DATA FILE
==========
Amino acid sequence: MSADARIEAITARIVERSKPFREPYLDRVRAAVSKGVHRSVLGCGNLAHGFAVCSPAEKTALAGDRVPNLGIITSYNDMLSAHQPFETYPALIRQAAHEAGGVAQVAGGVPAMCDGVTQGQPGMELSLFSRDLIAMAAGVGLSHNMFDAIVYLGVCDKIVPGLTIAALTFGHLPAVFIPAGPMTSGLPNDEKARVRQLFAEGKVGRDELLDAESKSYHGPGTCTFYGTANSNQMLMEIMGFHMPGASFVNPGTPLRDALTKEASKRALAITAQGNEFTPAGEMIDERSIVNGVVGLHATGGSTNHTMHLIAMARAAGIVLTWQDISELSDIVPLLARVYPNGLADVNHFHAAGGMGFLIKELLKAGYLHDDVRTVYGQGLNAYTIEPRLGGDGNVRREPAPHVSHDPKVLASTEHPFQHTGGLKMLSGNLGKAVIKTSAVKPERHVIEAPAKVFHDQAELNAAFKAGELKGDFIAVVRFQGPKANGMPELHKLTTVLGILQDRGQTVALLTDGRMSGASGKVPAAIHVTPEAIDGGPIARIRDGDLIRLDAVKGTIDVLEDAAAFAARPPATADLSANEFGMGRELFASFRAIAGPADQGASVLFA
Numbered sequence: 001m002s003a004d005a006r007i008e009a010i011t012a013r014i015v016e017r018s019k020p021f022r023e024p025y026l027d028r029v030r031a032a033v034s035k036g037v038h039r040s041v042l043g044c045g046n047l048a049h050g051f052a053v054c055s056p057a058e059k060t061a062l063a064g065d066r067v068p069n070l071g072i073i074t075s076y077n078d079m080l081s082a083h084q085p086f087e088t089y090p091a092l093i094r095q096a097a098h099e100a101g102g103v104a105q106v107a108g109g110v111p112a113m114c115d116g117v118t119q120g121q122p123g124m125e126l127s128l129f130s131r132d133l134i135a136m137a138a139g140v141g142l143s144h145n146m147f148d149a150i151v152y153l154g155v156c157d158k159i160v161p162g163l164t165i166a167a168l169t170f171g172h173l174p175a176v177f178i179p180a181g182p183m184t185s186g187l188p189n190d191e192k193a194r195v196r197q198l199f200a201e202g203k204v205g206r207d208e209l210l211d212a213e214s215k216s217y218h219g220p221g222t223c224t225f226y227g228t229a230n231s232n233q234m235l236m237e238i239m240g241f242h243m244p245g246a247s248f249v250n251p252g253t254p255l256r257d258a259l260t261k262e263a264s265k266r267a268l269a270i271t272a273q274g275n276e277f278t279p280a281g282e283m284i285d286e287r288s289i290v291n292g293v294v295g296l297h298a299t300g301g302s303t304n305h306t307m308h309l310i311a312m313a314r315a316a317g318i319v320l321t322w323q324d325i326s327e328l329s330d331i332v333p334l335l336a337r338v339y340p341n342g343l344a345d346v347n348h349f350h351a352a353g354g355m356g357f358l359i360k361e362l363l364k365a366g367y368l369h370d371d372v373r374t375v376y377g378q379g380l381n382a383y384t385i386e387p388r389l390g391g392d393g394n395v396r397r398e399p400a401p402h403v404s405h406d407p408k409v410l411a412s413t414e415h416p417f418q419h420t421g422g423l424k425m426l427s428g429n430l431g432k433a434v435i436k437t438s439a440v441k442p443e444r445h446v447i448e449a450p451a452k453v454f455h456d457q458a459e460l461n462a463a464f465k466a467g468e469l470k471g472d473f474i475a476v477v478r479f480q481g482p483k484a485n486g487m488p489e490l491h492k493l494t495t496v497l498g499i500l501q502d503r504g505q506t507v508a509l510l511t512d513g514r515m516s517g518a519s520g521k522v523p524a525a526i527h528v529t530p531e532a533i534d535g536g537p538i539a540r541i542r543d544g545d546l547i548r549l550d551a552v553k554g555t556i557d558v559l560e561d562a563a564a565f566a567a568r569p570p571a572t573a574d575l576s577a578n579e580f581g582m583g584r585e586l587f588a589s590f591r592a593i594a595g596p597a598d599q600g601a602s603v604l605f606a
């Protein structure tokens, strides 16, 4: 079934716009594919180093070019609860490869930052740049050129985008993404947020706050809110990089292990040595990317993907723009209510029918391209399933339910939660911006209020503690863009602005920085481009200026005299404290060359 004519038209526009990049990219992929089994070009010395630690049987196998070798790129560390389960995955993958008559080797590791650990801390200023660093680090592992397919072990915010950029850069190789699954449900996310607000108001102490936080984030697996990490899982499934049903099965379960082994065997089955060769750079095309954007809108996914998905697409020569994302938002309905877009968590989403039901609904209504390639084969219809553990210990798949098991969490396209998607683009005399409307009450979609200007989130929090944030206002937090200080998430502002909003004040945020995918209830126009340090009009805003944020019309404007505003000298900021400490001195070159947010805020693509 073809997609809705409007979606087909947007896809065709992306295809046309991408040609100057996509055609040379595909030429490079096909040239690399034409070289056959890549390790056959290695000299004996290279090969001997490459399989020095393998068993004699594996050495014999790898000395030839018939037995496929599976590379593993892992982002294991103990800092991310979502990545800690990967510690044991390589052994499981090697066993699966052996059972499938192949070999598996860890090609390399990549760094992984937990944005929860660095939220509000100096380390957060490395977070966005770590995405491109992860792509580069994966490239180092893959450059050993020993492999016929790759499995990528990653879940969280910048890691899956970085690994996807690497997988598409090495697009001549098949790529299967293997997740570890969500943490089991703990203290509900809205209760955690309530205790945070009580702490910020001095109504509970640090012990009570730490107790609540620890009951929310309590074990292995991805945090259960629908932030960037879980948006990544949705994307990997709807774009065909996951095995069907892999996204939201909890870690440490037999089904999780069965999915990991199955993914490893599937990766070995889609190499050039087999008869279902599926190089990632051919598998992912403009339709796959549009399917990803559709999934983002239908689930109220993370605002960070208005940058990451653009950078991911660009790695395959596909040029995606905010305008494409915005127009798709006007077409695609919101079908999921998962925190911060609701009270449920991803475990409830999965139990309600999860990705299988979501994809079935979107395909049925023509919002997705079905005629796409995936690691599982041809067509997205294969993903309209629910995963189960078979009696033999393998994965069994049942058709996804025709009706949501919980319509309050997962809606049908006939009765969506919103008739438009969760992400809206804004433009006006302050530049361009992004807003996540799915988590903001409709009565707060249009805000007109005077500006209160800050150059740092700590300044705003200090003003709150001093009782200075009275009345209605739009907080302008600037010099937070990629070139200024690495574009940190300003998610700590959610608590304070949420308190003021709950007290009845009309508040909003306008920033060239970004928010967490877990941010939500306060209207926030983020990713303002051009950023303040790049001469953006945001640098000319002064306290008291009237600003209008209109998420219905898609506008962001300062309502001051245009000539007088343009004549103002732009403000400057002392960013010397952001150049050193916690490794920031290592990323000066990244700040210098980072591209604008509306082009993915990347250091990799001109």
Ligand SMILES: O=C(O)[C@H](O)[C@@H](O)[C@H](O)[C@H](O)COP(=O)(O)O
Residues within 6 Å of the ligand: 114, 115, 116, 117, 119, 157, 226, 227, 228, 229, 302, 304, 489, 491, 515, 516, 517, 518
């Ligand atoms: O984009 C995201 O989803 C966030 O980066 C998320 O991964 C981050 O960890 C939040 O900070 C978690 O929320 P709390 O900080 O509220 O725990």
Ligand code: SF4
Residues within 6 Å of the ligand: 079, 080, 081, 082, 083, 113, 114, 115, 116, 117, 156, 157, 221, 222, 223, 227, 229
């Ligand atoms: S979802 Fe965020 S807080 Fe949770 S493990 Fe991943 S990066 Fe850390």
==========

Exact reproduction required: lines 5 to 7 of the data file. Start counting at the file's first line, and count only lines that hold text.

Residues within 6 Å of the ligand: 114, 115, 116, 117, 119, 157, 226, 227, 228, 229, 302, 304, 489, 491, 515, 516, 517, 518
């Ligand atoms: O984009 C995201 O989803 C966030 O980066 C998320 O991964 C981050 O960890 C939040 O900070 C978690 O929320 P709390 O900080 O509220 O725990």
Ligand code: SF4